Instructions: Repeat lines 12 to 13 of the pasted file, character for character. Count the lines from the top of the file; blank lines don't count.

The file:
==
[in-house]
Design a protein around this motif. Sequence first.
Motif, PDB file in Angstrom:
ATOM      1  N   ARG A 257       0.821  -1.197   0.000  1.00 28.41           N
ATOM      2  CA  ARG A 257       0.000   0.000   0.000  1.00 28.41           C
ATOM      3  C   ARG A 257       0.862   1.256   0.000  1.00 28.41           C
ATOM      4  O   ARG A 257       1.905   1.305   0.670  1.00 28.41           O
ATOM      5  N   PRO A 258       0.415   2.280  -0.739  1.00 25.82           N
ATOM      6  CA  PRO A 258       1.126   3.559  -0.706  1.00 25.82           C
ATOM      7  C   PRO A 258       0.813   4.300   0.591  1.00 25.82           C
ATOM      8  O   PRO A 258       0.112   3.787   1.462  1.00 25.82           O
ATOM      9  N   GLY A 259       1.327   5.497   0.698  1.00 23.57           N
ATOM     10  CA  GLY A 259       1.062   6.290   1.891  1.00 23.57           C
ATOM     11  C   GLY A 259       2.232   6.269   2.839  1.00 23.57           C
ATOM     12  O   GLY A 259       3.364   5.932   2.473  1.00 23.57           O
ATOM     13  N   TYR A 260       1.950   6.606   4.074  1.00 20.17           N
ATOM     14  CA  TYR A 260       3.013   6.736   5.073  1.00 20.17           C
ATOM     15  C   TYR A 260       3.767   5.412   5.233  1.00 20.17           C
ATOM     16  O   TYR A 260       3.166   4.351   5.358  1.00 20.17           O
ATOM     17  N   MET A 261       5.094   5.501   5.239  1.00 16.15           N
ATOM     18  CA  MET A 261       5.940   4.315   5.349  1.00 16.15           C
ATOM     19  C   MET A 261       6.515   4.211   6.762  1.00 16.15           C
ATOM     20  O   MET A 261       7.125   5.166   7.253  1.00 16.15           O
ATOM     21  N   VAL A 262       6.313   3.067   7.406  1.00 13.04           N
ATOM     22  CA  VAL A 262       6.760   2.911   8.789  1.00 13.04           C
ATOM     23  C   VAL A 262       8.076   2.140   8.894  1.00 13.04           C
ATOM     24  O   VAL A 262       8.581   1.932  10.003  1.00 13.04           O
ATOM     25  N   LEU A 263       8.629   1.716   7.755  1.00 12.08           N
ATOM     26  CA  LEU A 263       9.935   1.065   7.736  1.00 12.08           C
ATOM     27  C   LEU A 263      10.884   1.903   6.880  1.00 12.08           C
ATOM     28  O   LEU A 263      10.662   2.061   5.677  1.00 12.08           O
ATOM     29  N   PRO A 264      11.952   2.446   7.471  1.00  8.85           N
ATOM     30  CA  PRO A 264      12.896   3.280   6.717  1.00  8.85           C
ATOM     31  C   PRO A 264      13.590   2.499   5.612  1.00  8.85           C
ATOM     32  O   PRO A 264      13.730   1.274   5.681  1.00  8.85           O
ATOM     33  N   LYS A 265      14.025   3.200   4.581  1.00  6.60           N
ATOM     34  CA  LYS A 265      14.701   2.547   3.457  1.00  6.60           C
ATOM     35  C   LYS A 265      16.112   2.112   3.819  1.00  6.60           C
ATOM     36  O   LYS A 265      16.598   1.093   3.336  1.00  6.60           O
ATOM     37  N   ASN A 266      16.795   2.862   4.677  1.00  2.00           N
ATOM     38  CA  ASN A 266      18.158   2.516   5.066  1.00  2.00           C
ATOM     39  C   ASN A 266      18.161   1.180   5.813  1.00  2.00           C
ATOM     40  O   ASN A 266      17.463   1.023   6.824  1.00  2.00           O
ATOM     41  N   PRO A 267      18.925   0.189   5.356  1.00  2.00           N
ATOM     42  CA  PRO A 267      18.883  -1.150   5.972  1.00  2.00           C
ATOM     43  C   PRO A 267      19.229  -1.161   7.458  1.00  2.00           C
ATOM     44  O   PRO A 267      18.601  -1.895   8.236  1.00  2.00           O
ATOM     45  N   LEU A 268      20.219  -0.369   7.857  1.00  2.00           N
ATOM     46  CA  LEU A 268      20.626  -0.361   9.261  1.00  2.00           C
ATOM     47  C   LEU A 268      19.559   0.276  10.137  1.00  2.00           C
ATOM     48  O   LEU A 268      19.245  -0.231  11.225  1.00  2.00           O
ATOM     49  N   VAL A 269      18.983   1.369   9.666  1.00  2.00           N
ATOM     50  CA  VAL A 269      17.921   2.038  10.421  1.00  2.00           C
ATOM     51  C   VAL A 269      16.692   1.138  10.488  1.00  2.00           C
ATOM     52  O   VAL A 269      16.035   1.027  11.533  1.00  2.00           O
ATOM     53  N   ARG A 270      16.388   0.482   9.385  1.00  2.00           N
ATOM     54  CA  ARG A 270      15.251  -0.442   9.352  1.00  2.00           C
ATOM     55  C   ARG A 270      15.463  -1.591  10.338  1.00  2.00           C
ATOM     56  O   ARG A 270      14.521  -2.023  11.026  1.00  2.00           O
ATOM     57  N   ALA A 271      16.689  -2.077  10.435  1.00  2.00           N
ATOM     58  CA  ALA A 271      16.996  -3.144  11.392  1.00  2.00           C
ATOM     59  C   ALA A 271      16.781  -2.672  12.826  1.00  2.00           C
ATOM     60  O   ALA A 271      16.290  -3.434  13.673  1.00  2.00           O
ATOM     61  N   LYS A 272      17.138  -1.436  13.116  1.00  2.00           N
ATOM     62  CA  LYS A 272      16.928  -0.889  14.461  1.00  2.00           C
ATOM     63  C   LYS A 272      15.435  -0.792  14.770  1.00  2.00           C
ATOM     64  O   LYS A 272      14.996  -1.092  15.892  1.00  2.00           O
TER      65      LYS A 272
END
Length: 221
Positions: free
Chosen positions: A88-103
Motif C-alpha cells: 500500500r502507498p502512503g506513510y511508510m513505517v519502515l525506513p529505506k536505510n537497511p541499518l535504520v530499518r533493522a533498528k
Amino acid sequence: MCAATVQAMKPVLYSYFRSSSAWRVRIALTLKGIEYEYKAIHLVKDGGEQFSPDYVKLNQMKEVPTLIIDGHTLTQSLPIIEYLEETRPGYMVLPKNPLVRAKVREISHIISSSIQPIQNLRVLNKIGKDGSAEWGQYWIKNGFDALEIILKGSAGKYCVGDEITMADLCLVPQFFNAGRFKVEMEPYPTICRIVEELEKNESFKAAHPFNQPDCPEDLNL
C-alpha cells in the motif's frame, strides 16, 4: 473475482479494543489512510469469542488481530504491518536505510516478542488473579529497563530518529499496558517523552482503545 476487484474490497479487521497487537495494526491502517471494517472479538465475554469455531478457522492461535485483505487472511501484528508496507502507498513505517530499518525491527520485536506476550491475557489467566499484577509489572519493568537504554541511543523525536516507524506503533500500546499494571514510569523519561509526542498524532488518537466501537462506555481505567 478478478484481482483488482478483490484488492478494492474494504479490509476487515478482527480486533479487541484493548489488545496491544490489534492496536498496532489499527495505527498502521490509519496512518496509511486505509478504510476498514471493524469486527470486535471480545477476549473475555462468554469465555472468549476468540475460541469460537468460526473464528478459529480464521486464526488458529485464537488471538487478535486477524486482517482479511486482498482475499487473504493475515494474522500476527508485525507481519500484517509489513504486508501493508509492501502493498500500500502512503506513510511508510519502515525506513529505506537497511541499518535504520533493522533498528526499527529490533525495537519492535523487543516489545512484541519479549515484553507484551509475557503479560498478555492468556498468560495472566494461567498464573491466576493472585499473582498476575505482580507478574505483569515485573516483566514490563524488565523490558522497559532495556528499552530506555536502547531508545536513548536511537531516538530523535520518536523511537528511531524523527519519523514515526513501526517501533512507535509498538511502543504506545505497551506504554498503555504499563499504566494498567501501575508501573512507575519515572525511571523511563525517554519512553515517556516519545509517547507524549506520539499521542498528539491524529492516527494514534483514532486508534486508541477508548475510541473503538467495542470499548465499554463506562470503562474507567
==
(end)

ATOM      9  N   GLY A 259       1.327   5.497   0.698  1.00 23.57           N
ATOM     10  CA  GLY A 259       1.062   6.290   1.891  1.00 23.57           C